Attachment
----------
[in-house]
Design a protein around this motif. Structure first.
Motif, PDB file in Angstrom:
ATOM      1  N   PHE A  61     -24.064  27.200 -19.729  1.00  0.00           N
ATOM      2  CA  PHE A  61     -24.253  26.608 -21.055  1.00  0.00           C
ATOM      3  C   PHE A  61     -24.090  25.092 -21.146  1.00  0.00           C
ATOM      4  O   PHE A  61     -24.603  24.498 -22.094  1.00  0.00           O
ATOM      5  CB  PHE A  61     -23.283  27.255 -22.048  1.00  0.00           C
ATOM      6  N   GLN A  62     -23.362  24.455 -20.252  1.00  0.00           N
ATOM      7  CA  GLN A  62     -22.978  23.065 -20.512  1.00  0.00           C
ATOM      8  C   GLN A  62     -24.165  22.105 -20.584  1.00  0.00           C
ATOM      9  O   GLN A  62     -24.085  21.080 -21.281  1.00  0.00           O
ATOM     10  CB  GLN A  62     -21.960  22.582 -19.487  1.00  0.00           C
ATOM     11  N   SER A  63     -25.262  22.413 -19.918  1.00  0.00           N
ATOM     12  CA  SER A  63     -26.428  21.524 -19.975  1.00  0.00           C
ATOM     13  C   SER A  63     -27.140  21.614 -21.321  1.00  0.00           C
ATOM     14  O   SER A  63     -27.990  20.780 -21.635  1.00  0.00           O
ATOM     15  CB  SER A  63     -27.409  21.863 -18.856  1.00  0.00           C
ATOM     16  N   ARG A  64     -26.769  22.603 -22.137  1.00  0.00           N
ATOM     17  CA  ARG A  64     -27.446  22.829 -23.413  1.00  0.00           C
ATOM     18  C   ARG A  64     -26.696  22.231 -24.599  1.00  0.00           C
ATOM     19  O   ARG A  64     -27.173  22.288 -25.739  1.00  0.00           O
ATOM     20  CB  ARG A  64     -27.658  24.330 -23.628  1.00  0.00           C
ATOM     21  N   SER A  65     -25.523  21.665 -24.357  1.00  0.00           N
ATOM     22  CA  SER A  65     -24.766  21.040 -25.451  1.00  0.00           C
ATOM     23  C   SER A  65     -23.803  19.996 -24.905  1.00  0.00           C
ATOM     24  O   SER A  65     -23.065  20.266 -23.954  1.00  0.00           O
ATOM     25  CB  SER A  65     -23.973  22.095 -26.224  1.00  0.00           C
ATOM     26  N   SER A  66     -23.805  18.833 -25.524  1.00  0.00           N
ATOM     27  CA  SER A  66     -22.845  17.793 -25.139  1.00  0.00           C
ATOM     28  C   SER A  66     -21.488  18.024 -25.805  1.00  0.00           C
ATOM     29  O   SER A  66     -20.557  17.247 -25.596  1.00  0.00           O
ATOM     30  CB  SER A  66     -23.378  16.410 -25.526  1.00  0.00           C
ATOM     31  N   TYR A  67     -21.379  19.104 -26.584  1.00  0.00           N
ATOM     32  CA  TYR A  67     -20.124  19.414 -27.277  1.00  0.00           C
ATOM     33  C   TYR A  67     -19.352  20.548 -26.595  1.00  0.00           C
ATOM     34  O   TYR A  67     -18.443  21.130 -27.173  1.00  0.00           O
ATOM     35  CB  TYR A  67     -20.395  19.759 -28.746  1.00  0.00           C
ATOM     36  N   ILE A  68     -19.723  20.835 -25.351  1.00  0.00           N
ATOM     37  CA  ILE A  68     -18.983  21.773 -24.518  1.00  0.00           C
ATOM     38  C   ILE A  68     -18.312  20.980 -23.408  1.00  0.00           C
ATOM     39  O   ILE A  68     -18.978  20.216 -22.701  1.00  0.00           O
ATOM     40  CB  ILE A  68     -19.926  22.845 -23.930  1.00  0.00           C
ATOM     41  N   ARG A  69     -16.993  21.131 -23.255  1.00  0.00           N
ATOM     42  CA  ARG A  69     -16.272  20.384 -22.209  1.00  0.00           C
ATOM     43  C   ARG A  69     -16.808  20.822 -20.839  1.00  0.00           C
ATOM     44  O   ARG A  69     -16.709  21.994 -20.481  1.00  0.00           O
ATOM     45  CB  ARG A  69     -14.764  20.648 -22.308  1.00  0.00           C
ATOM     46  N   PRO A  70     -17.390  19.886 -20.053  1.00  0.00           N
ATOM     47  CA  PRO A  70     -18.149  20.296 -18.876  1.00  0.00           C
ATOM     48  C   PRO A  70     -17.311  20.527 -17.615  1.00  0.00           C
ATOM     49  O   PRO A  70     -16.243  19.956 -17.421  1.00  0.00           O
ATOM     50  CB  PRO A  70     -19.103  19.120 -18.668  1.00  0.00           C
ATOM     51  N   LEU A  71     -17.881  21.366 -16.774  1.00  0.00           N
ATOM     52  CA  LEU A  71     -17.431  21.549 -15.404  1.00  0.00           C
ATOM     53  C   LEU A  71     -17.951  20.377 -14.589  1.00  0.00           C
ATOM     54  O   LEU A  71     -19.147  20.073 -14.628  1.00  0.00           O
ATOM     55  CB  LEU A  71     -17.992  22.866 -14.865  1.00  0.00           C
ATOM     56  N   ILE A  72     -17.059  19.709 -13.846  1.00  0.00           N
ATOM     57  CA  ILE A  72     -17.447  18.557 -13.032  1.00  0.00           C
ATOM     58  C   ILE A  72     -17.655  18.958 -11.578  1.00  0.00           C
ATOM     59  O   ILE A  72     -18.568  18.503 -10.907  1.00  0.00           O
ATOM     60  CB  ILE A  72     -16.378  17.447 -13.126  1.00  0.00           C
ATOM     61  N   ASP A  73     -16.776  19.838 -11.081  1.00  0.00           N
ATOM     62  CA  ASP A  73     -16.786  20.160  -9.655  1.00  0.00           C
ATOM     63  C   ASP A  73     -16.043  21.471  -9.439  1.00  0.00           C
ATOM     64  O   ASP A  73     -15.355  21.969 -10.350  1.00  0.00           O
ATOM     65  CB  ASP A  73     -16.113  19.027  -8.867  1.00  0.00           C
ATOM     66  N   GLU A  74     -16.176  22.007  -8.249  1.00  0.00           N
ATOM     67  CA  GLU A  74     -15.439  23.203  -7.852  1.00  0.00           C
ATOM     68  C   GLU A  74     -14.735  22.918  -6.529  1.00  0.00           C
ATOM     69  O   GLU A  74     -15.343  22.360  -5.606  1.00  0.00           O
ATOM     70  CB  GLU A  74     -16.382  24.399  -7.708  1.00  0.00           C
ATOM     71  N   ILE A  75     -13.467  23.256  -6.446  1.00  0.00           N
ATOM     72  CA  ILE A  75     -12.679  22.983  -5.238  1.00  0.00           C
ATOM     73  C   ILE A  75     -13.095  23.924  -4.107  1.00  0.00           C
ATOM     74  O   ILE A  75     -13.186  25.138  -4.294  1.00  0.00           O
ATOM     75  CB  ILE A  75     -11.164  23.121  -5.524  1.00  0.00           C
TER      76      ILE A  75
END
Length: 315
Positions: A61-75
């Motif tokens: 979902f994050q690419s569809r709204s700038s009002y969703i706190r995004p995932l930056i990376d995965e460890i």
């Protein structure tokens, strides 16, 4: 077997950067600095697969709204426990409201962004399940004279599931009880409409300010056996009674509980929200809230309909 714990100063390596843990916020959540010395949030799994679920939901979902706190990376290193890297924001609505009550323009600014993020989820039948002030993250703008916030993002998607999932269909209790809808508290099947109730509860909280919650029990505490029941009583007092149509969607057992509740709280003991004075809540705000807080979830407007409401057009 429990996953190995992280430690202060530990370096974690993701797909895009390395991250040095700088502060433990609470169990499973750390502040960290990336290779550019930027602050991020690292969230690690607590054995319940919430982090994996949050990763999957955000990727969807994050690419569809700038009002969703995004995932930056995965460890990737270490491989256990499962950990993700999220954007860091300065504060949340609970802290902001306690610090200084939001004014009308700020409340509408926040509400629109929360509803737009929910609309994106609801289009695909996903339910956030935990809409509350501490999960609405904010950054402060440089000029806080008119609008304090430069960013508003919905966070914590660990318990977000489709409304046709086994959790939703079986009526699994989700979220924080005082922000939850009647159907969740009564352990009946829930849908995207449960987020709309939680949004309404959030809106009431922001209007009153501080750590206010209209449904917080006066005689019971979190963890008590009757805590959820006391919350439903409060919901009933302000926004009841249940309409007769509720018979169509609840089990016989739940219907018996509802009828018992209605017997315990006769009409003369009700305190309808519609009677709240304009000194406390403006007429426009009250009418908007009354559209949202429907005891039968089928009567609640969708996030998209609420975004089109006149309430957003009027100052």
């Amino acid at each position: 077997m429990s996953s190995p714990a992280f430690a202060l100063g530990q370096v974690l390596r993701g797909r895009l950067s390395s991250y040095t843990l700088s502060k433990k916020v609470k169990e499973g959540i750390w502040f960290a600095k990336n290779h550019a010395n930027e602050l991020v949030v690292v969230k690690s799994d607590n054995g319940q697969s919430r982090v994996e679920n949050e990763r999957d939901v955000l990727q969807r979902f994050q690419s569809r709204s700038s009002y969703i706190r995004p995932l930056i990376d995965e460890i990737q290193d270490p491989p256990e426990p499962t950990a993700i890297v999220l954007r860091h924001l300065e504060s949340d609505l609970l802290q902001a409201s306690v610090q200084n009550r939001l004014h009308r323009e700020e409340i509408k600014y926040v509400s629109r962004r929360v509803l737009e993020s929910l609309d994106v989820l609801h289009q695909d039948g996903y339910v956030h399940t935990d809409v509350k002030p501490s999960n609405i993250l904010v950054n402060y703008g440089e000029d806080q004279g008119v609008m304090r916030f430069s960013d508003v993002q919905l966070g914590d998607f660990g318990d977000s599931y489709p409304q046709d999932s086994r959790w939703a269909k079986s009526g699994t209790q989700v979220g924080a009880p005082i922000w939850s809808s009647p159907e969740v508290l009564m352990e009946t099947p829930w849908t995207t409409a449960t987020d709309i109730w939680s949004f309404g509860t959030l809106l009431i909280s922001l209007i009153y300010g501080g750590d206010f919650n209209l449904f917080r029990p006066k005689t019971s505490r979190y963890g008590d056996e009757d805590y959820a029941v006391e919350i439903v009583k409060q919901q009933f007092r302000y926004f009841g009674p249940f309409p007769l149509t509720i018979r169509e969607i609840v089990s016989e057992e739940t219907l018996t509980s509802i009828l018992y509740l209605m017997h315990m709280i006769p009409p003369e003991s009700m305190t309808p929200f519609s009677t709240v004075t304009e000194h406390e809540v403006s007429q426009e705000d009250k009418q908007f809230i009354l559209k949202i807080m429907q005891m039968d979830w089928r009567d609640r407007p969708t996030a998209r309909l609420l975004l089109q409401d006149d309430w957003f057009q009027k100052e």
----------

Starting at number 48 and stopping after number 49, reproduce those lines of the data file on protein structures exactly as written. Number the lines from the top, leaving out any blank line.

ATOM     45  CB  ARG A  69     -14.764  20.648 -22.308  1.00  0.00           C
ATOM     46  N   PRO A  70     -17.390  19.886 -20.053  1.00  0.00           N